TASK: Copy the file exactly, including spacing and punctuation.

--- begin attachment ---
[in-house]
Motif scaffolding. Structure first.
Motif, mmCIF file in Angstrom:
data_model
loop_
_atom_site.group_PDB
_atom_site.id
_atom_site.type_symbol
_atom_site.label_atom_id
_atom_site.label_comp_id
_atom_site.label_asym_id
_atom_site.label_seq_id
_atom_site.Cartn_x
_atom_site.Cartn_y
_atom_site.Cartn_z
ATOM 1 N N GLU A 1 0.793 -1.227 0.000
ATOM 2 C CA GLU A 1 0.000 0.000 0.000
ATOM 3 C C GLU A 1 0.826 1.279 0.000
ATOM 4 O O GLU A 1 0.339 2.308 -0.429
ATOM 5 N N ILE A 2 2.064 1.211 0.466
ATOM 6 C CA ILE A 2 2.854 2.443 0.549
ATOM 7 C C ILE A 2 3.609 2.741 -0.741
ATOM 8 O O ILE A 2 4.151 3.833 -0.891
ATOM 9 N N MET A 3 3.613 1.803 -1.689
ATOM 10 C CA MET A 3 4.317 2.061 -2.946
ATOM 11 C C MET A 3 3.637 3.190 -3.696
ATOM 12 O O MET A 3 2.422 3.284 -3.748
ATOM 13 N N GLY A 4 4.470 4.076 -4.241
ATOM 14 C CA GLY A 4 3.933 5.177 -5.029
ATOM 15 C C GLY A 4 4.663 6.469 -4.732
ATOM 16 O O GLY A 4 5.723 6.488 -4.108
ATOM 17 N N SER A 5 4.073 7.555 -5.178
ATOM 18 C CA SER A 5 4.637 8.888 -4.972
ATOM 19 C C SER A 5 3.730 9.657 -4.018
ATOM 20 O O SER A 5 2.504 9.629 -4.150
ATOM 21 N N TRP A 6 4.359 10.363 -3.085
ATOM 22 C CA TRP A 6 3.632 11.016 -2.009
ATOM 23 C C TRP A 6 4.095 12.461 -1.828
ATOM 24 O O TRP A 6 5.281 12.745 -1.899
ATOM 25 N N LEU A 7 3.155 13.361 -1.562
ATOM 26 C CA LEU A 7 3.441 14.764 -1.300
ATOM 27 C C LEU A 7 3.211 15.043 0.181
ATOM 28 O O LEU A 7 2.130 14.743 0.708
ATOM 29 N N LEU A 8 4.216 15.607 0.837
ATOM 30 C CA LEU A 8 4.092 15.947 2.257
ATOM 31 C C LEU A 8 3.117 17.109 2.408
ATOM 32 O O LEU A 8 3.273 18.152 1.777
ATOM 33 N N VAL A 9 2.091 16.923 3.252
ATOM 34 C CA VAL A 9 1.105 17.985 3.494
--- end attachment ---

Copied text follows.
[in-house]
Motif scaffolding. Structure first.
Motif, mmCIF file in Angstrom:
data_model
loop_
_atom_site.group_PDB
_atom_site.id
_atom_site.type_symbol
_atom_site.label_atom_id
_atom_site.label_comp_id
_atom_site.label_asym_id
_atom_site.label_seq_id
_atom_site.Cartn_x
_atom_site.Cartn_y
_atom_site.Cartn_z
ATOM 1 N N GLU A 1 0.793 -1.227 0.000
ATOM 2 C CA GLU A 1 0.000 0.000 0.000
ATOM 3 C C GLU A 1 0.826 1.279 0.000
ATOM 4 O O GLU A 1 0.339 2.308 -0.429
ATOM 5 N N ILE A 2 2.064 1.211 0.466
ATOM 6 C CA ILE A 2 2.854 2.443 0.549
ATOM 7 C C ILE A 2 3.609 2.741 -0.741
ATOM 8 O O ILE A 2 4.151 3.833 -0.891
ATOM 9 N N MET A 3 3.613 1.803 -1.689
ATOM 10 C CA MET A 3 4.317 2.061 -2.946
ATOM 11 C C MET A 3 3.637 3.190 -3.696
ATOM 12 O O MET A 3 2.422 3.284 -3.748
ATOM 13 N N GLY A 4 4.470 4.076 -4.241
ATOM 14 C CA GLY A 4 3.933 5.177 -5.029
ATOM 15 C C GLY A 4 4.663 6.469 -4.732
ATOM 16 O O GLY A 4 5.723 6.488 -4.108
ATOM 17 N N SER A 5 4.073 7.555 -5.178
ATOM 18 C CA SER A 5 4.637 8.888 -4.972
ATOM 19 C C SER A 5 3.730 9.657 -4.018
ATOM 20 O O SER A 5 2.504 9.629 -4.150
ATOM 21 N N TRP A 6 4.359 10.363 -3.085
ATOM 22 C CA TRP A 6 3.632 11.016 -2.009
ATOM 23 C C TRP A 6 4.095 12.461 -1.828
ATOM 24 O O TRP A 6 5.281 12.745 -1.899
ATOM 25 N N LEU A 7 3.155 13.361 -1.562
ATOM 26 C CA LEU A 7 3.441 14.764 -1.300
ATOM 27 C C LEU A 7 3.211 15.043 0.181
ATOM 28 O O LEU A 7 2.130 14.743 0.708
ATOM 29 N N LEU A 8 4.216 15.607 0.837
ATOM 30 C CA LEU A 8 4.092 15.947 2.257
ATOM 31 C C LEU A 8 3.117 17.109 2.408
ATOM 32 O O LEU A 8 3.273 18.152 1.777
ATOM 33 N N VAL A 9 2.091 16.923 3.252
ATOM 34 C CA VAL A 9 1.105 17.985 3.494